But mom's things are beautiful, her pottery, art, photos, furniture and other pieces bring me comfort.  I want to honor her memory properly and display them with care.  No clutter.  No tacky arrangements.

The consultant surprised me.  She was bright, cheery, well trained, almost two decades, and just knew what to do.  I let her know I was still in treatment for ovarian cancer recurrence, mom had just passed away and that I needed help to create the ideal space.  We chatted, she was very comfortable to talk with.  Then she rolled up her sleeves and started moving things around. 

I had mom's painting and prints all lined up along with nicely framed family photos.  We spent lots of time planning the placement of each piece to be in harmony with the energy of the baqua, or life layout.

It was amazing to see how she placed each piece just perfectly and suddenly the area radiates, the piece is more vibrant and you want to be in that space.

I need a handyman to help me hang prints.  I need to still buy the storage units, media table and TV.  After that it's a matter of ongoing shredding and setting up the pottery for display.  I want to get to work on the photos project. 

I am also chronically fatigued, behind on tasks related to moving, etc.  I just am overwhelmed.  When my apartment is finished, this space will be a part of my healing as opposed to just a place to stay and pay rent.

I have always been very sensitive to my surroundings.  My mom used to sort of complain that I was too particular.  I separated my food.  Can't stand to be in dirty places or dark spaces.  I would make a terrible archeologist for example.

My mom is allowing me an opportunity to fully create this space and I am excited. 

Below I am pasting a link about cancer fatigue and also a link to Cynthia Chomos.  She really made it easier to blend my mom's belongings with my few little things into an arrangement that honors the work she did and inspires me to thrive.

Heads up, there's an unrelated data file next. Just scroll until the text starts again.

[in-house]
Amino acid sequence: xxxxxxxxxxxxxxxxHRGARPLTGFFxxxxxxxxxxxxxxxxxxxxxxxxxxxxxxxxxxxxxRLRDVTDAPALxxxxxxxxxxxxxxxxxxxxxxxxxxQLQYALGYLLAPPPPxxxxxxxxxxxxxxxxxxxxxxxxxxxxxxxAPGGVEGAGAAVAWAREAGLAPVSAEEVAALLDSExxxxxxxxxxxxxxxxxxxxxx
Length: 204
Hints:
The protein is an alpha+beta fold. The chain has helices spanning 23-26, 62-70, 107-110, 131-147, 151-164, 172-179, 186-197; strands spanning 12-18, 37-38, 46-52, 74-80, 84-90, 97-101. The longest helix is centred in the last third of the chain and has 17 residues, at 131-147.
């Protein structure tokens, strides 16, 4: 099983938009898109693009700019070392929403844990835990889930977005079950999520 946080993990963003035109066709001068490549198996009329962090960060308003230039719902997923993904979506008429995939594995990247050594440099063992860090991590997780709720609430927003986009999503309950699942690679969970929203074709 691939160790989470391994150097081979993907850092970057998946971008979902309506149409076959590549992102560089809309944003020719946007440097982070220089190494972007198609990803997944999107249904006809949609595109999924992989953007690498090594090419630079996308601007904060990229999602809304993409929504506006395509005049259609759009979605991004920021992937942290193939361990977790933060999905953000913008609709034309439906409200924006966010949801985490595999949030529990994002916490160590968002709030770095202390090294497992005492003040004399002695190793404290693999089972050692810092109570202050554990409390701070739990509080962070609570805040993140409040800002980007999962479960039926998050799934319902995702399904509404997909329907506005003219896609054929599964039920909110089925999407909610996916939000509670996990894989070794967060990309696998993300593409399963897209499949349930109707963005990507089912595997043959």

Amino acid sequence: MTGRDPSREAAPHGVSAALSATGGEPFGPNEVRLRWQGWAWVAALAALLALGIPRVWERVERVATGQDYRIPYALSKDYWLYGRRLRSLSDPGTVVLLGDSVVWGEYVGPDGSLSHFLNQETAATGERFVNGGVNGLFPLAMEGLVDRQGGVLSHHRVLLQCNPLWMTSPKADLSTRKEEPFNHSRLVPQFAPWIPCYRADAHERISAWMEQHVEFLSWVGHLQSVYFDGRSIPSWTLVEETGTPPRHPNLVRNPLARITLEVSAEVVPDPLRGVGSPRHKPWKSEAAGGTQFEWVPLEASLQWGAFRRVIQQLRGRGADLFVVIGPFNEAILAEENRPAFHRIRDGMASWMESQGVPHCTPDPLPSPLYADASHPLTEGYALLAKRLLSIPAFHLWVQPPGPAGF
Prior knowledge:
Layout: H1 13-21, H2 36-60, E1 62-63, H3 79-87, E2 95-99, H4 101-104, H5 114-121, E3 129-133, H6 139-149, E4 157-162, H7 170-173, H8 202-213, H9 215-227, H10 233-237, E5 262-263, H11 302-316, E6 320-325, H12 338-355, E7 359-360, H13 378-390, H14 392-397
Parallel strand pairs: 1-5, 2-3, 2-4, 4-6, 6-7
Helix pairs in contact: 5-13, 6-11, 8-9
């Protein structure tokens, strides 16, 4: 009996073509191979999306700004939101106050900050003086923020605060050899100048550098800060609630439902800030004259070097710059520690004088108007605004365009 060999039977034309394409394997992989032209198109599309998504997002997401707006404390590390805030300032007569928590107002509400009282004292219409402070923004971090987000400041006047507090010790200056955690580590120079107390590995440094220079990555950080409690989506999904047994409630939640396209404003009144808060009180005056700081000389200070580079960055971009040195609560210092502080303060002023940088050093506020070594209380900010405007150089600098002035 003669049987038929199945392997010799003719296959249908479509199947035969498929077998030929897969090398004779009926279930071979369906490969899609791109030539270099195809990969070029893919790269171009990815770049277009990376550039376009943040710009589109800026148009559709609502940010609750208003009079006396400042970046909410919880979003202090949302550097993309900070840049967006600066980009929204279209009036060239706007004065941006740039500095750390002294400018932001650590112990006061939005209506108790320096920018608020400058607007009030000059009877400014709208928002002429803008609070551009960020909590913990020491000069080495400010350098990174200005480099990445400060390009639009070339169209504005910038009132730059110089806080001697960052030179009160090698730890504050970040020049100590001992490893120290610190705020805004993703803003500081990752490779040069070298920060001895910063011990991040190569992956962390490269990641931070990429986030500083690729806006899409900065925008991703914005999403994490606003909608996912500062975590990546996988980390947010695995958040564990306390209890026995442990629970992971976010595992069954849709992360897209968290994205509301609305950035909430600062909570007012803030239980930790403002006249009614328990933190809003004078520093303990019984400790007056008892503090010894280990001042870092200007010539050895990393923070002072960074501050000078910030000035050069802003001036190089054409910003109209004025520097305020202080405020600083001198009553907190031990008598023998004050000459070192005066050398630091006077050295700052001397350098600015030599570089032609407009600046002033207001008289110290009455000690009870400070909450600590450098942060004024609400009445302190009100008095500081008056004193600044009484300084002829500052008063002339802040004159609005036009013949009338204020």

I am weighted with worry because I am adding Enbrel to my arthritis treatment plan.  Basically Enbrel works by blocking Tumor Necrosis Factor to fight inflammation.  My Avastin fights to cut off blood supply to my tumors.  So Enbrel could make it easier for my tumors to flourish.  I have run out of options.  Part of my terrible fatigue could be from the bad arthritic flares that started  back in September.  I need to get my arthritis under control, and the risk to my cancer is small but there.  I just would be devastated if something went wrong.  I am tired of crying when I have to open a difficult container.  Ha

So anything we can do to create a healthy living space will help us feel better.  I have always operated that way.  Please take a moment to look at these links.  Cynthia was the exact person I needed to get me started here in this new place. 

................................................

Feng Shui

Cancer Fatigue


Mom in one of her gardens.

Monday, February 17, 2014

A Kansas Hurricane

A Kansas Hurricane

I looked back with a smile as I was leaving to see my mom holding the screen door open.  The little white house with the deep gray roof, the simple paneling, a window on either side and the narrow walkway that led from the porch to the sidewalk said “Kansas” with an exclamation point.  I could see a pale blue sky and little puffy clouds overhead.  It should have been a perfect day.

I was headed to school.  Mom was standing in the door, like she always did, wearing her favorite maroon shirt.  Standing tall she was squinting just a tad so that she could see me wave goodbye and shout out “I love you mom”.  She waved back and said "I love you too sweets".  Then of course I had to tell her I’d see her later, as I knew I would.  As I started to turn my head in the direction I was walking, she showed a slight look of concern and forced another little grin.  If I close my eyes I can hear the screen door creak and shut with a little snap. 

The school’s architecture was very strange, no flow or symmetry.  As I entered, it appeared that I was immediately escorted into a large cubicle, one of many throughout.  You never saw one end of the building or had a clue as to your direction or destination. No signs, no numbers, no labels or directory.  There was literally nothing, no computers or phones.  Just walls. The walls were either a shade of silver or blue.  It was stark and cold. 

I sat at the table and this man came in wearing a black suit and tie.  Crisp, as in executive crisp.  He placed a briefcase in the middle of the table, pulled out a document and began reading to me terms and conditions of some sort of insurance policy.  As he droned on through the paperwork a feeling of panic surged through my body.  I felt as if this was some sort of reading of a will, a new destination, a place that had been pre-determined for me and I wanted nothing to do with it.  I wanted to go back home to be with mom and that was that.  I was supposed to be going to class and this event was not in my plans.  I ran out of the room in search of my homeroom, my place of study.